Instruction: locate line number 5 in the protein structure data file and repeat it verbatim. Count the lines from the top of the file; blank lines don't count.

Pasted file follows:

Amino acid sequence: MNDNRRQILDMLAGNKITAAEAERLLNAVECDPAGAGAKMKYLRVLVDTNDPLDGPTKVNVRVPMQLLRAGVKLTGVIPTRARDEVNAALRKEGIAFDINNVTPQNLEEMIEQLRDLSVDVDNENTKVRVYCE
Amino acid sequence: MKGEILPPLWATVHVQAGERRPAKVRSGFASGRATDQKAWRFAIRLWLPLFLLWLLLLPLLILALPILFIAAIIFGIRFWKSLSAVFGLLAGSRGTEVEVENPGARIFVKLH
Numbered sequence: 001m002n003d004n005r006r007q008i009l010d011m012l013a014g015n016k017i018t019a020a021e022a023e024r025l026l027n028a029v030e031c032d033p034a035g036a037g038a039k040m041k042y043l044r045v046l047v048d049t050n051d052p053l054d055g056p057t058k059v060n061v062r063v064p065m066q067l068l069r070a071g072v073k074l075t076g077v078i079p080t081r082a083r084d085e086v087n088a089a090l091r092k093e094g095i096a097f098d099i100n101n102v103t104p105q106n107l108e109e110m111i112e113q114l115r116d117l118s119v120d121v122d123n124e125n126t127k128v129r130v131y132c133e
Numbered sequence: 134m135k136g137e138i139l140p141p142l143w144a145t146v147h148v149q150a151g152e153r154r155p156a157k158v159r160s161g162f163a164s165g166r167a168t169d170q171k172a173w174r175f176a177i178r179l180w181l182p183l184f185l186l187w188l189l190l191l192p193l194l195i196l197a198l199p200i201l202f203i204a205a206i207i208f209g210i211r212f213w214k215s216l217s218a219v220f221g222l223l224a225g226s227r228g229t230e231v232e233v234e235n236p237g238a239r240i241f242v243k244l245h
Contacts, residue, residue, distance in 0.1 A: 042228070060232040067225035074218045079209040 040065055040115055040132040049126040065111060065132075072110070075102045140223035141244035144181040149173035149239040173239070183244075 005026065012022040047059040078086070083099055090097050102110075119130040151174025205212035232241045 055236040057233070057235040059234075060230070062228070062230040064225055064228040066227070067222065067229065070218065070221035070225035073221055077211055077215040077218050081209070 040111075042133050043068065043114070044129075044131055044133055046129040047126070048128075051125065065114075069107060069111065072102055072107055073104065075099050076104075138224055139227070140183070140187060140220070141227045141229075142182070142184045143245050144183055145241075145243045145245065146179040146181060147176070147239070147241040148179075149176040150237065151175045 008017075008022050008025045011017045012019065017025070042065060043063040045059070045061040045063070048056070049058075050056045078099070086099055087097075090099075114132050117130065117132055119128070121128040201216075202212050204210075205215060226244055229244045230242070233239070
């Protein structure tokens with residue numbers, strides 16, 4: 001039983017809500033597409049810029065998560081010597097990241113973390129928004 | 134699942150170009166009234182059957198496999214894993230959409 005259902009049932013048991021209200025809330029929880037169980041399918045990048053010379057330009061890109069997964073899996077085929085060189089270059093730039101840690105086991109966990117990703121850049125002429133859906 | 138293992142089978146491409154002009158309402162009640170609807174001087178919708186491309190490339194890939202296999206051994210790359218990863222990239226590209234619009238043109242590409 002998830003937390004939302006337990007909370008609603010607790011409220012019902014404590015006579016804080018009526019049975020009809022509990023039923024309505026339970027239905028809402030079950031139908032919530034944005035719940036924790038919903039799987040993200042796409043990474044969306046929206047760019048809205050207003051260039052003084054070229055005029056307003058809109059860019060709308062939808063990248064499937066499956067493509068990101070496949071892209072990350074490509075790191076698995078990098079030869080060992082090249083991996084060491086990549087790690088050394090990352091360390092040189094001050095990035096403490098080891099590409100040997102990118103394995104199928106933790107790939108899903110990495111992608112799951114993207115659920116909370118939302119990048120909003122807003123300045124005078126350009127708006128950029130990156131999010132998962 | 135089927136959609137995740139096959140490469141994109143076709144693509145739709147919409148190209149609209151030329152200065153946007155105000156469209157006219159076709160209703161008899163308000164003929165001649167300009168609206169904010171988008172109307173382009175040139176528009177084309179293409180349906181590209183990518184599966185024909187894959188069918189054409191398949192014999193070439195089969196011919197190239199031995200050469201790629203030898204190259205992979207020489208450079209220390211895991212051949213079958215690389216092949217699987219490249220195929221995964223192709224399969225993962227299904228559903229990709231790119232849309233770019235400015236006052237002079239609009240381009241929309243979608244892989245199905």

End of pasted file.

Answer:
Contacts, residue, residue, distance in 0.1 A: 042228070060232040067225035074218045079209040 040065055040115055040132040049126040065111060065132075072110070075102045140223035141244035144181040149173035149239040173239070183244075 005026065012022040047059040078086070083099055090097050102110075119130040151174025205212035232241045 055236040057233070057235040059234075060230070062228070062230040064225055064228040066227070067222065067229065070218065070221035070225035073221055077211055077215040077218050081209070 040111075042133050043068065043114070044129075044131055044133055046129040047126070048128075051125065065114075069107060069111065072102055072107055073104065075099050076104075138224055139227070140183070140187060140220070141227045141229075142182070142184045143245050144183055145241075145243045145245065146179040146181060147176070147239070147241040148179075149176040150237065151175045 008017075008022050008025045011017045012019065017025070042065060043063040045059070045061040045063070048056070049058075050056045078099070086099055087097075090099075114132050117130065117132055119128070121128040201216075202212050204210075205215060226244055229244045230242070233239070